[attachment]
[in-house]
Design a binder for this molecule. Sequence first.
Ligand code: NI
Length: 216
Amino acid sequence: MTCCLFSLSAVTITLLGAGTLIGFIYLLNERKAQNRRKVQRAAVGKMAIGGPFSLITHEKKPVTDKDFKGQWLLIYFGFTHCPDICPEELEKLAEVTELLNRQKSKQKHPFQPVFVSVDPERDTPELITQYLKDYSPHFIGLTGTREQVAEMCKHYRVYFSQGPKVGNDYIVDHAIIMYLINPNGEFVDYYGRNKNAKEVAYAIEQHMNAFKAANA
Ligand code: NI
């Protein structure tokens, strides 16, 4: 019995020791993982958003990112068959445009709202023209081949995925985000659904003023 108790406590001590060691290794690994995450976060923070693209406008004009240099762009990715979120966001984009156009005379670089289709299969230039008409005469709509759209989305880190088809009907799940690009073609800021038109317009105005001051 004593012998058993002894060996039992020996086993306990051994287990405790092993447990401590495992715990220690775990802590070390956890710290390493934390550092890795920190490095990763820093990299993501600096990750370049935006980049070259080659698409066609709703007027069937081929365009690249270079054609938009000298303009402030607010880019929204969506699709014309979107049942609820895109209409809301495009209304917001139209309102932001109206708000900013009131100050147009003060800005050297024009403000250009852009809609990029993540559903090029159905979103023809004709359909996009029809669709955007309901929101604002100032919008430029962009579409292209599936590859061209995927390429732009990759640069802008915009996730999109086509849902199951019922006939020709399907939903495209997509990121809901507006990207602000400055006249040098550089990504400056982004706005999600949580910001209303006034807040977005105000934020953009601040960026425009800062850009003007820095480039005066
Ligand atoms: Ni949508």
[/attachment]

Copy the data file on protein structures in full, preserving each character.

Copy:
[in-house]
Design a binder for this molecule. Sequence first.
Ligand code: NI
Length: 216
Amino acid sequence: MTCCLFSLSAVTITLLGAGTLIGFIYLLNERKAQNRRKVQRAAVGKMAIGGPFSLITHEKKPVTDKDFKGQWLLIYFGFTHCPDICPEELEKLAEVTELLNRQKSKQKHPFQPVFVSVDPERDTPELITQYLKDYSPHFIGLTGTREQVAEMCKHYRVYFSQGPKVGNDYIVDHAIIMYLINPNGEFVDYYGRNKNAKEVAYAIEQHMNAFKAANA
Ligand code: NI
């Protein structure tokens, strides 16, 4: 019995020791993982958003990112068959445009709202023209081949995925985000659904003023 108790406590001590060691290794690994995450976060923070693209406008004009240099762009990715979120966001984009156009005379670089289709299969230039008409005469709509759209989305880190088809009907799940690009073609800021038109317009105005001051 004593012998058993002894060996039992020996086993306990051994287990405790092993447990401590495992715990220690775990802590070390956890710290390493934390550092890795920190490095990763820093990299993501600096990750370049935006980049070259080659698409066609709703007027069937081929365009690249270079054609938009000298303009402030607010880019929204969506699709014309979107049942609820895109209409809301495009209304917001139209309102932001109206708000900013009131100050147009003060800005050297024009403000250009852009809609990029993540559903090029159905979103023809004709359909996009029809669709955007309901929101604002100032919008430029962009579409292209599936590859061209995927390429732009990759640069802008915009996730999109086509849902199951019922006939020709399907939903495209997509990121809901507006990207602000400055006249040098550089990504400056982004706005999600949580910001209303006034807040977005105000934020953009601040960026425009800062850009003007820095480039005066
Ligand atoms: Ni949508």